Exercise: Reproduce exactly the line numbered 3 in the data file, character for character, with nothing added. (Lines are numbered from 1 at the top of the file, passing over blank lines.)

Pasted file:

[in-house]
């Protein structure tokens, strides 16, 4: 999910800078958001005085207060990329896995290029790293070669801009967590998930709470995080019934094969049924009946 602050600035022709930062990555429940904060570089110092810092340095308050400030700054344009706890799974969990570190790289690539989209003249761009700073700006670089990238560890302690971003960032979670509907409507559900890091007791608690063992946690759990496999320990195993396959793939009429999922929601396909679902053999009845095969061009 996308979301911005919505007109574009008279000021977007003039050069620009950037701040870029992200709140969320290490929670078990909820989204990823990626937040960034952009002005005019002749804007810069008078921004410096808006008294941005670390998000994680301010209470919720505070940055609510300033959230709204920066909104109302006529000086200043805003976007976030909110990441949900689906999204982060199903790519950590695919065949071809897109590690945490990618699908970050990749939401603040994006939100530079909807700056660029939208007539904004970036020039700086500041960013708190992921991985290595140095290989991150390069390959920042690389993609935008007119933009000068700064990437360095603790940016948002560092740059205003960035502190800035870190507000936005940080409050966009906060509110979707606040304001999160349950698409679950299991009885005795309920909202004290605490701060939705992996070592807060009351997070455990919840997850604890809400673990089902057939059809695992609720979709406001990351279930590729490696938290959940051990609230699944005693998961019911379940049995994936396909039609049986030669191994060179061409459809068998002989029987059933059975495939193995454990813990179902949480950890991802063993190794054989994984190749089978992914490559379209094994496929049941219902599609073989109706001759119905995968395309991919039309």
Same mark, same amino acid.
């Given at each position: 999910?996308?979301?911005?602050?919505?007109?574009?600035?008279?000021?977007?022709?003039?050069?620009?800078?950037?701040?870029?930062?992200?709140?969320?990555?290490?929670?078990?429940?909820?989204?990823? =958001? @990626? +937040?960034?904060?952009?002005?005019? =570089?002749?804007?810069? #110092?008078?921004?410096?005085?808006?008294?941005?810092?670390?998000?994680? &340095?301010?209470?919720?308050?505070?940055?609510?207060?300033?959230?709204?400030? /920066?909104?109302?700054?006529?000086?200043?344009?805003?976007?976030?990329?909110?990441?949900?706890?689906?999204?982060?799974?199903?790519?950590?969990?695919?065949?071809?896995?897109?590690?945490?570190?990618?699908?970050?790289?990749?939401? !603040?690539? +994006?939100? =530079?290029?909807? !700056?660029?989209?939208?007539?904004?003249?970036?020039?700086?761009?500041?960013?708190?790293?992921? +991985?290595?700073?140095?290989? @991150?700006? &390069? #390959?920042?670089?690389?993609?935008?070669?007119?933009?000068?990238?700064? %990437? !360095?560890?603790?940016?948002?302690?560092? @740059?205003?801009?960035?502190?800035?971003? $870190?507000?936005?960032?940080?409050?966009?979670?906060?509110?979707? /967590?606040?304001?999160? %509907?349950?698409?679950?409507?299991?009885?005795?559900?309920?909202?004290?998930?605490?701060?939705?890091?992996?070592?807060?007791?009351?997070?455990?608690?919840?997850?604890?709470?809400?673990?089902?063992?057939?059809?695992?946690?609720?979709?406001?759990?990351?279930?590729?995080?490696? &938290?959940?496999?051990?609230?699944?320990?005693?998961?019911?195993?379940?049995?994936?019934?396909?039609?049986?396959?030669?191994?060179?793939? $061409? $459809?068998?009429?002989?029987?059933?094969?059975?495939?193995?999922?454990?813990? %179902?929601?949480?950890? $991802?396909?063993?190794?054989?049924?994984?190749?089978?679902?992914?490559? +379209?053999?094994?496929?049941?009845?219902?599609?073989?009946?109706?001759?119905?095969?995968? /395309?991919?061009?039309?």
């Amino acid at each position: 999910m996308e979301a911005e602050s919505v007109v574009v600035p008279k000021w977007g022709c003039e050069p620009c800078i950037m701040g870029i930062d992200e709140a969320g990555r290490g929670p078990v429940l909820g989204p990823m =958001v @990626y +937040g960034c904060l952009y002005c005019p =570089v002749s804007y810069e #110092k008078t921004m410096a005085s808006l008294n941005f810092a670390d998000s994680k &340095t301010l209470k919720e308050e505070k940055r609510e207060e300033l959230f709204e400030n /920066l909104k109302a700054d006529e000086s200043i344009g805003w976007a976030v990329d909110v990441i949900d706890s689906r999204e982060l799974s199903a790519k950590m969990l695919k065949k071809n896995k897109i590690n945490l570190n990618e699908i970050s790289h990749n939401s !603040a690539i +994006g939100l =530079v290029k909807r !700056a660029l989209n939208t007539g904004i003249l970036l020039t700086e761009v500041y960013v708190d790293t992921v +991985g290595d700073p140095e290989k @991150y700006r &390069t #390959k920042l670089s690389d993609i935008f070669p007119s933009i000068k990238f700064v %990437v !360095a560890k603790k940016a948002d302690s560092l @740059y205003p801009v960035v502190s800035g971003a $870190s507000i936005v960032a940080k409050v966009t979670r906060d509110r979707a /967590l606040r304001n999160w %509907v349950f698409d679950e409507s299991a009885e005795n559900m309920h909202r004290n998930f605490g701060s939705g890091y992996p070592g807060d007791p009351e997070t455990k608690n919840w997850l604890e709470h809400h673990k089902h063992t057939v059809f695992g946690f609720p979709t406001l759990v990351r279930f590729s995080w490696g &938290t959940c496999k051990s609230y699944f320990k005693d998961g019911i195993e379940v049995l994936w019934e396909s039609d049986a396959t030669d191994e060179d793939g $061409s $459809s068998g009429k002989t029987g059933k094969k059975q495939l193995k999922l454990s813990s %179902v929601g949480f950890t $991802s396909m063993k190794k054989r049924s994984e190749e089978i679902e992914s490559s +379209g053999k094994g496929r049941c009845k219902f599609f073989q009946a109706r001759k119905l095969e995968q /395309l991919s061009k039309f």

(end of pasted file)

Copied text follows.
Same mark, same amino acid.